How One Church Creates Community

On the same day 26-year-old Jordan Bunch moved last fall into an apartment in Austin, Texas, he witnessed cops surround a nearby dwelling for a drug bust.

As time went on, he noticed single mothers with four-plus kids crammed into tiny studios and eviction notices plastered on doors. Rather than feeling discouraged by his surroundings, however, Bunch is emboldened by them.

Bunch, who earned a master’s degree in domestic missions at Abilene Christian University, is partnering with Highland Oaks Church of Christ in Dallas, whose members help pay for his living expenses. Their goal? To make the apartment complex their mission field, a “Samaria” to be shown God’s love, Bunch says.

Through Highland Oaks, as well as a Dallas-based ministry called Apartment Life, Bunch and his wife not only live in the low-income complex but are given a budget to serve as activities directors and event hosts.

The couple visits new residents with a smile and invites them to barbecues, happy hour at the local dog park, a celebration on National Pie Day and similar gatherings. The activities serve as a catalyst for befriending neighbors, says Bunch, who estimates 95 percent of the complex’s residents are unchurched.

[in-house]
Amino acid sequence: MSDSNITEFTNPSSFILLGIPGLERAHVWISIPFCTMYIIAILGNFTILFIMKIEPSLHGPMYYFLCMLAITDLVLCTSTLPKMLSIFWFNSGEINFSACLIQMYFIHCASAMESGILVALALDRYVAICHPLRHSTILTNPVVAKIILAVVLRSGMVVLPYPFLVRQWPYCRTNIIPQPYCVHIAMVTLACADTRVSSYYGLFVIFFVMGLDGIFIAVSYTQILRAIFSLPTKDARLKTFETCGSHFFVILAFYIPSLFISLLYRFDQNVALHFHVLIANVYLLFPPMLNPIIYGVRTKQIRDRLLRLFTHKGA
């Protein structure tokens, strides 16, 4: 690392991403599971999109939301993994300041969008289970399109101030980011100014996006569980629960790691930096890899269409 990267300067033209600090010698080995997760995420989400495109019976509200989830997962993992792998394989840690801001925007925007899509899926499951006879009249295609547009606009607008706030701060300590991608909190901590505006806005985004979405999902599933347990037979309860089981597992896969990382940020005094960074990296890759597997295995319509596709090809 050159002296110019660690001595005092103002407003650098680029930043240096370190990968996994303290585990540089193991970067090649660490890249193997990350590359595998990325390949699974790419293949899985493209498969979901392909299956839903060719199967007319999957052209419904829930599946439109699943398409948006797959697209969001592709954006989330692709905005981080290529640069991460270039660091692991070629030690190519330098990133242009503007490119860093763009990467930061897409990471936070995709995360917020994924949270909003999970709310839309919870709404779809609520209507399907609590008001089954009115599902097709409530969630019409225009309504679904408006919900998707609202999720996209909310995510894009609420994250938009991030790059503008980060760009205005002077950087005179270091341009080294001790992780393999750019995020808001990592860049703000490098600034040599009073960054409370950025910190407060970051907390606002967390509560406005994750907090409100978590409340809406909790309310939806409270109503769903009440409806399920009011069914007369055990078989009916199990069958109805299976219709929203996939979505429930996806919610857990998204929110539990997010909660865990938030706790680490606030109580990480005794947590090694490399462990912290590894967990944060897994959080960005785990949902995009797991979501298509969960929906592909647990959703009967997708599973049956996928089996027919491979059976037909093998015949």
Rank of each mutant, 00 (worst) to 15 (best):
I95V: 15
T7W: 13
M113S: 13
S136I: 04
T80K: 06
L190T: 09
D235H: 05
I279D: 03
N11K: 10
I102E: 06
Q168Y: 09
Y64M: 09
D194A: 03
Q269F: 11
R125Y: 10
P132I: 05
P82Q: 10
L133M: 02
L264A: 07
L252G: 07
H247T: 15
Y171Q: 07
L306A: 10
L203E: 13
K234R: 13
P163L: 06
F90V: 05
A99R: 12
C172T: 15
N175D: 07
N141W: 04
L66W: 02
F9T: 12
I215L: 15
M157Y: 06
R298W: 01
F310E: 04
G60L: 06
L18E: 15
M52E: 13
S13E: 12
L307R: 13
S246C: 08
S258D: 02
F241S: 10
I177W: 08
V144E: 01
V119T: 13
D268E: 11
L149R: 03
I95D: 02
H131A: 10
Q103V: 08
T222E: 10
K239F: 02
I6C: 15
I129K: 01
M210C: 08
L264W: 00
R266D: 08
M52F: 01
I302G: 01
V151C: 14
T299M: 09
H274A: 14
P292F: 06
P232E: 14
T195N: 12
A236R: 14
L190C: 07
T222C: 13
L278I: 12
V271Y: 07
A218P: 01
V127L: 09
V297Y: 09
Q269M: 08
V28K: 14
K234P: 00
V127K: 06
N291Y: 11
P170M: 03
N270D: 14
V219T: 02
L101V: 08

“Church can only reach a certain demographic of people,” Bunch says. “The large majority of the population, outside of a wedding or a funeral and maybe on Christmas, will never enter a church building.”

Bunch says he and his wife don’t force prayer or talk of God; they just let the subject arise naturally. Today the couple is known as the “ones who love Jesus,” and trust has been forged.

When a neighbor talked to Bunch about life and death struggles, Bunch told him about the hope found at a Christian funeral. When another neighbor shared his hard-luck life story, Bunch shared some inspirational thoughts on Christ.

“Hopefully these relationships turn into discipling relationships,” Bunch says, “and we can start Bible studies with people and start churches here in the apartment community that start other churches.”

Jennifer Kabbany
Jennifer Kabbany

Jennifer Kabbany is a Southern California-based freelance journalist and associate editor of Her work has appeared in: WORLD and OUTREACH magazines, The Washington Times, The Weekly Standard, U-T San Diego and many other publications.